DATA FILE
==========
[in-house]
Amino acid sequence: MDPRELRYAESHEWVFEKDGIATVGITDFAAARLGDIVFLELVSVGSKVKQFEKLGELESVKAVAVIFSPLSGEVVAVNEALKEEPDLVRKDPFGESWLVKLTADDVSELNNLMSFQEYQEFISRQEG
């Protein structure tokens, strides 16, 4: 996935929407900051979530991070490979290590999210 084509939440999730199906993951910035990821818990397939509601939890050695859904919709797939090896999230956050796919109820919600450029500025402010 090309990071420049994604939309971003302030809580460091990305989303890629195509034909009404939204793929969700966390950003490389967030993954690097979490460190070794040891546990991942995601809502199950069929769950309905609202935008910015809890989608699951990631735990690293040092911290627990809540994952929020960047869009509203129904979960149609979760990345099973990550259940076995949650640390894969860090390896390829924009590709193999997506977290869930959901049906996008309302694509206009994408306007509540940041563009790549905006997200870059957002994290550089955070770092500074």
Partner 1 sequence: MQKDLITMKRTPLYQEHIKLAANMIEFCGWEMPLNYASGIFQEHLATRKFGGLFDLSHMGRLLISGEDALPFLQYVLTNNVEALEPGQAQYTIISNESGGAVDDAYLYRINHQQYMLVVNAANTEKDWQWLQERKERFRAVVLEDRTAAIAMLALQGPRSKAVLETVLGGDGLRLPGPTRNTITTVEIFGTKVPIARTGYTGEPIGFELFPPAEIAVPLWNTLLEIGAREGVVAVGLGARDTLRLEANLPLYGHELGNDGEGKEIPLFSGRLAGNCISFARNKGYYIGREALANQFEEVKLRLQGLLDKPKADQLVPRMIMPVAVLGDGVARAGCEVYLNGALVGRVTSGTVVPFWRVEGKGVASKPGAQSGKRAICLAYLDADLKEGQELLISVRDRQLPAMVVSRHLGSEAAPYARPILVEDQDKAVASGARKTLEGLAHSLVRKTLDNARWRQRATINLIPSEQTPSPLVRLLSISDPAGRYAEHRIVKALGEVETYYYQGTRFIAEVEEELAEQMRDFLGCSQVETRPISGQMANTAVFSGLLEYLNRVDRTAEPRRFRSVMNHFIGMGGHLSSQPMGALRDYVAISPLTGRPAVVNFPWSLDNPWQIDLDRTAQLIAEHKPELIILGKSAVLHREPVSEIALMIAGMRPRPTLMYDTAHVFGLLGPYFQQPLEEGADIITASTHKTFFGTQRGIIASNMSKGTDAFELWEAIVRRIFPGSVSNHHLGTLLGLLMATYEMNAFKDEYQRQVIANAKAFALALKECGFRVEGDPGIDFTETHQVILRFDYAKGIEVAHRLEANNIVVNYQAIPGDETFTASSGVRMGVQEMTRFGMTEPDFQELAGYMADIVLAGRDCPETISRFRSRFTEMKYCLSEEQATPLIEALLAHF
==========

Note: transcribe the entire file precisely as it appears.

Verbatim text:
[in-house]
Amino acid sequence: MDPRELRYAESHEWVFEKDGIATVGITDFAAARLGDIVFLELVSVGSKVKQFEKLGELESVKAVAVIFSPLSGEVVAVNEALKEEPDLVRKDPFGESWLVKLTADDVSELNNLMSFQEYQEFISRQEG
């Protein structure tokens, strides 16, 4: 996935929407900051979530991070490979290590999210 084509939440999730199906993951910035990821818990397939509601939890050695859904919709797939090896999230956050796919109820919600450029500025402010 090309990071420049994604939309971003302030809580460091990305989303890629195509034909009404939204793929969700966390950003490389967030993954690097979490460190070794040891546990991942995601809502199950069929769950309905609202935008910015809890989608699951990631735990690293040092911290627990809540994952929020960047869009509203129904979960149609979760990345099973990550259940076995949650640390894969860090390896390829924009590709193999997506977290869930959901049906996008309302694509206009994408306007509540940041563009790549905006997200870059957002994290550089955070770092500074």
Partner 1 sequence: MQKDLITMKRTPLYQEHIKLAANMIEFCGWEMPLNYASGIFQEHLATRKFGGLFDLSHMGRLLISGEDALPFLQYVLTNNVEALEPGQAQYTIISNESGGAVDDAYLYRINHQQYMLVVNAANTEKDWQWLQERKERFRAVVLEDRTAAIAMLALQGPRSKAVLETVLGGDGLRLPGPTRNTITTVEIFGTKVPIARTGYTGEPIGFELFPPAEIAVPLWNTLLEIGAREGVVAVGLGARDTLRLEANLPLYGHELGNDGEGKEIPLFSGRLAGNCISFARNKGYYIGREALANQFEEVKLRLQGLLDKPKADQLVPRMIMPVAVLGDGVARAGCEVYLNGALVGRVTSGTVVPFWRVEGKGVASKPGAQSGKRAICLAYLDADLKEGQELLISVRDRQLPAMVVSRHLGSEAAPYARPILVEDQDKAVASGARKTLEGLAHSLVRKTLDNARWRQRATINLIPSEQTPSPLVRLLSISDPAGRYAEHRIVKALGEVETYYYQGTRFIAEVEEELAEQMRDFLGCSQVETRPISGQMANTAVFSGLLEYLNRVDRTAEPRRFRSVMNHFIGMGGHLSSQPMGALRDYVAISPLTGRPAVVNFPWSLDNPWQIDLDRTAQLIAEHKPELIILGKSAVLHREPVSEIALMIAGMRPRPTLMYDTAHVFGLLGPYFQQPLEEGADIITASTHKTFFGTQRGIIASNMSKGTDAFELWEAIVRRIFPGSVSNHHLGTLLGLLMATYEMNAFKDEYQRQVIANAKAFALALKECGFRVEGDPGIDFTETHQVILRFDYAKGIEVAHRLEANNIVVNYQAIPGDETFTASSGVRMGVQEMTRFGMTEPDFQELAGYMADIVLAGRDCPETISRFRSRFTEMKYCLSEEQATPLIEALLAHF